them, we arrest them, and we put them in prison.”
            The question remains: did either
Orélus or Andrésol investigate Jean-Louis’s complaint. If not, why not? If so,
why wasn’t he arrested?
            “Bellefleur was working alongside
Clifford Brandt in kidnappings,” said the former police official. “Six months ago,
Emane Jean-Louis gave to authorities, in a formal complaint, the names of the
policemen, including that of Yves Michel Bellefleur, who kidnapped him. Why was
nothing ever done to arrest them? It seems it wasn’t until the Moscoso kids
were kidnapped that the police took any action, and that was apparently only
done because the U.S. authorities became involved.”
            On Nov. 13, Mario Andrésol gave an
interview to Radio Kiskeya to denounce the death threats he claims have been
made against him and the Internet rumors that he was placed under house arrest.
He dismissed rumors that he had been interrogated by FBI agents, who are
presently in Haiti, about the Brandt affair. Andrésol said that his security
detail had been reinforced by the PNH because of death-threats he has received
in recent weeks.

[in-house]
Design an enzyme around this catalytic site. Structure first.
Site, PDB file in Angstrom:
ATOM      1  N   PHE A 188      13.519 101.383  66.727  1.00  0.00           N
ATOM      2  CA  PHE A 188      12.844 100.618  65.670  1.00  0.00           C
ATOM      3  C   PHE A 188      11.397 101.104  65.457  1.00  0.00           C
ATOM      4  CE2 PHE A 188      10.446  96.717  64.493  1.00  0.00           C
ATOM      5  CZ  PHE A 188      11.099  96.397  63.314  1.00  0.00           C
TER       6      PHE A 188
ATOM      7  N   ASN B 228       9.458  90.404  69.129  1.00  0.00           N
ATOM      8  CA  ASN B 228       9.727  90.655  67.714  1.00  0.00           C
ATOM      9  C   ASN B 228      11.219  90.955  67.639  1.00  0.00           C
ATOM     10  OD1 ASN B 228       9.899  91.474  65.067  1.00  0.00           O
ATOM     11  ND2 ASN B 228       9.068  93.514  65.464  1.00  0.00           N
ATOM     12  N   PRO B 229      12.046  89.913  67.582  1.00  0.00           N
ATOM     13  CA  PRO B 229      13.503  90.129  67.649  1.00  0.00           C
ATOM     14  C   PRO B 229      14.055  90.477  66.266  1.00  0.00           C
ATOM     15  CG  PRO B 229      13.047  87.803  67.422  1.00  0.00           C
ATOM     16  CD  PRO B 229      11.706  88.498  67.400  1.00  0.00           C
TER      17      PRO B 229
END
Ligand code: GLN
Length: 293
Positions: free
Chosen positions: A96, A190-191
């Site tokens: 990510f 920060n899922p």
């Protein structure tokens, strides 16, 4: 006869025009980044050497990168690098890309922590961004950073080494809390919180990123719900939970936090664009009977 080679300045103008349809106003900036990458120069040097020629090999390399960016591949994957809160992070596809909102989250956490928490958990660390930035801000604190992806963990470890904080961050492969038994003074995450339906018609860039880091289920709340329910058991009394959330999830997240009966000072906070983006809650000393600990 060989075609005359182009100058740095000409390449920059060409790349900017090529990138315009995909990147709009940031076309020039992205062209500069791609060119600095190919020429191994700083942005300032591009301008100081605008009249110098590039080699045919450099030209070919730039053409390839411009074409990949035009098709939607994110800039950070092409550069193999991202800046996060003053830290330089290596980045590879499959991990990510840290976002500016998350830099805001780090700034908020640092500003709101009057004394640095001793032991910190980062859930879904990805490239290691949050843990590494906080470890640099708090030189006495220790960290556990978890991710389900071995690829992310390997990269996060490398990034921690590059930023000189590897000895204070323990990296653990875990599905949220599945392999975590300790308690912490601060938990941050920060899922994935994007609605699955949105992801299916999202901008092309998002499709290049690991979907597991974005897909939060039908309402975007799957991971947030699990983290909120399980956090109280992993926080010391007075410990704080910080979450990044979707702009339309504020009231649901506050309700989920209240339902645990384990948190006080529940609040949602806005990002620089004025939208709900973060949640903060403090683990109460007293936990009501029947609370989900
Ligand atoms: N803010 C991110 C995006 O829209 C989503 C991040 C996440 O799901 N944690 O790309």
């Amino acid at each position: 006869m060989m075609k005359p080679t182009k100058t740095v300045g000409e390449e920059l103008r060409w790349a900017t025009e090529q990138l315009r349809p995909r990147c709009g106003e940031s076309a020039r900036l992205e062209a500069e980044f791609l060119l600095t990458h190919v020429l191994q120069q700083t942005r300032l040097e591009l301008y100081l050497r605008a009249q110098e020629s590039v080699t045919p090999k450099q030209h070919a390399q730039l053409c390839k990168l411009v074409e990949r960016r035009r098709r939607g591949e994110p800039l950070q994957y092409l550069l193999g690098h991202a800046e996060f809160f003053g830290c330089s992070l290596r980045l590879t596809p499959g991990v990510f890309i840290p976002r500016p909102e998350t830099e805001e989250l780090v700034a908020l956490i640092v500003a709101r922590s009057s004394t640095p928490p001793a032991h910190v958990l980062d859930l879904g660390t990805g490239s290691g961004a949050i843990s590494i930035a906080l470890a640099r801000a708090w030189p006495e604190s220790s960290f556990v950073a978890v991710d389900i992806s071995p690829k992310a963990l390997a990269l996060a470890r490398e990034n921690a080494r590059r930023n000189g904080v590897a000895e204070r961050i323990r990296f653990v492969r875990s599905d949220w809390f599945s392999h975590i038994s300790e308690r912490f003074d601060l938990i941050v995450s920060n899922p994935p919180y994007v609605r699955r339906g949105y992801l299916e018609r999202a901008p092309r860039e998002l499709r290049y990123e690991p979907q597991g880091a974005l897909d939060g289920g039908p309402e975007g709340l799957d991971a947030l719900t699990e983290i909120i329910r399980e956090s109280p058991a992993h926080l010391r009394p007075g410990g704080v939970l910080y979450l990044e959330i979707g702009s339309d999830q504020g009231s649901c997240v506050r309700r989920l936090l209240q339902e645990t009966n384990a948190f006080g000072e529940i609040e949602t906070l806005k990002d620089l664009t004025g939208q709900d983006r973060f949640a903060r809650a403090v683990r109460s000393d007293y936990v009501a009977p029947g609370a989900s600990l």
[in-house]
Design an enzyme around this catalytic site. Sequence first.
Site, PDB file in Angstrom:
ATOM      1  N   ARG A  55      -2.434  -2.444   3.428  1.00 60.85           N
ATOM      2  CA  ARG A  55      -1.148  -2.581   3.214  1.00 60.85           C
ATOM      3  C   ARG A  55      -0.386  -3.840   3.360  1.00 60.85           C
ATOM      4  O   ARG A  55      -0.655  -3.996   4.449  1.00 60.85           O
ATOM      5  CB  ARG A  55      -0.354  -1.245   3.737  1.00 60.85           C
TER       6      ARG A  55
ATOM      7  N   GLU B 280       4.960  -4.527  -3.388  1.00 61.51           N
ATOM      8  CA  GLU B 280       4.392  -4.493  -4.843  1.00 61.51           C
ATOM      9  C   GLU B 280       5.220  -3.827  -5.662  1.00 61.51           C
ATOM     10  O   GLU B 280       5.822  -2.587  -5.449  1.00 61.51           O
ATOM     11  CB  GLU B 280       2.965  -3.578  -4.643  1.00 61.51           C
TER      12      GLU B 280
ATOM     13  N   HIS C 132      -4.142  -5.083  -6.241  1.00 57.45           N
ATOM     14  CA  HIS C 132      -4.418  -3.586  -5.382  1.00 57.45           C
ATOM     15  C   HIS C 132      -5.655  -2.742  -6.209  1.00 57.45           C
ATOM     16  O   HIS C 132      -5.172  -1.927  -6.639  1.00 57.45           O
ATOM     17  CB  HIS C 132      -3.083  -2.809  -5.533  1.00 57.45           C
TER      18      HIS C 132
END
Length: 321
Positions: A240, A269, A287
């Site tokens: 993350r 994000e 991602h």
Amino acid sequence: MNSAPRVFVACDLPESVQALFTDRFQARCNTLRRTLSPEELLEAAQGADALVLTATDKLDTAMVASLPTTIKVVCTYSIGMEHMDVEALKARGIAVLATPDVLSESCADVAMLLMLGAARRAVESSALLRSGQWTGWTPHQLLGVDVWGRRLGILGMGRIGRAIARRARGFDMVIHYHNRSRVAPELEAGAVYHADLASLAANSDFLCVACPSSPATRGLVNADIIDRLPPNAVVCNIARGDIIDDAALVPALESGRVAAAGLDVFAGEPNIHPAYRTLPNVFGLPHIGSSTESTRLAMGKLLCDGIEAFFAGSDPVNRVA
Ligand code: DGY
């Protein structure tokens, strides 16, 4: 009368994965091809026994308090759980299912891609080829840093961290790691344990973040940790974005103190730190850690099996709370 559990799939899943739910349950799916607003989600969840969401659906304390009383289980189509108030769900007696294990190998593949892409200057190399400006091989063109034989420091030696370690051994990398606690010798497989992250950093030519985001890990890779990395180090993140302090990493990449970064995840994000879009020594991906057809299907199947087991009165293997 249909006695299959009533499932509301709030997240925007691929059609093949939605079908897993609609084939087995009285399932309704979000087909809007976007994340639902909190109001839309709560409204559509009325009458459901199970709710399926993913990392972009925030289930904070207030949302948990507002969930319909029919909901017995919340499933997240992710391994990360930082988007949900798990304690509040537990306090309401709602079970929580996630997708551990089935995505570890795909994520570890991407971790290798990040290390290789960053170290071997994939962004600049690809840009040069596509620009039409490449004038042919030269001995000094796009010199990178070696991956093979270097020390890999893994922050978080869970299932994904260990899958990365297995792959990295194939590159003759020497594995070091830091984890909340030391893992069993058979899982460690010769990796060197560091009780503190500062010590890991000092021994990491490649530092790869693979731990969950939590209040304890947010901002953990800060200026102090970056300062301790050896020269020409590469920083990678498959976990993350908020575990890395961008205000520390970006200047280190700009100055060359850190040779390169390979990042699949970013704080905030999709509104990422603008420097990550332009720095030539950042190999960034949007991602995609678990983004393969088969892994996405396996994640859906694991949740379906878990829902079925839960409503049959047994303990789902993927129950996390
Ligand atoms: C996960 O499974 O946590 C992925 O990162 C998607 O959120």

Andrésol also saluted “the memory”
of the late Inspector Bellefleur. Is it really possible that he was unaware of
Emane Jean-Louis’s complaint against Bellefleur?
            When he was riddled with bullets,
Bellefleur was still the head of the Pernier police station, located near the
old military academy on the northern fringes of the capital, Port-au-Prince.
            “Bellefleur had just dropped his
children at school, he was in civilian clothes, and he was killed by gunmen
traveling in a vehicle with tinted windows and a ‘service of the state’
[government] license plate” said PNH spokesman Lerebours. According to
witnesses at the scene, Bellefleur was hit by many bullets, his attackers had
automatic weapons, and they were in a Toyota all-terrain vehicle, commonly
called in Haiti a “Zoreken” (Shark bone).
            According to Radio Vision 2000,
Lerebours said on Nov. 13 that “the first elements in the police investigation”
into Bellefleur’s murder “reveal links with organized crime networks in the
country,” but he “was still not able to say whether it involved [Brandt’s]
powerful gang network recently dismantled by the police.”
            Are the police incapable of
establishing the links between Bellefleur and Brandt’s organization, or are
they trying to cover-up the links?
            Meanwhile, PNH spokesman Lerebours
told the press that Johnby Mathieu, 29, was an Agent I with the Central Command
of Street Police (DCPR). He was killed by four bullets, two in the throat, two
in his arms. Mathieu had graduated with the PNH’s 21st promotion. He
was dressed in civilian clothes when shot by assailants who got away. Justice
of the peace Fritz Dilia inspected the crime scene before the body was removed.
Division Inspector Yves Michel Bellefleur
was the leader of a kidnapping ring in the police, according to one of his
alleged victims. Assailants shot the cop dead on Nov. 9.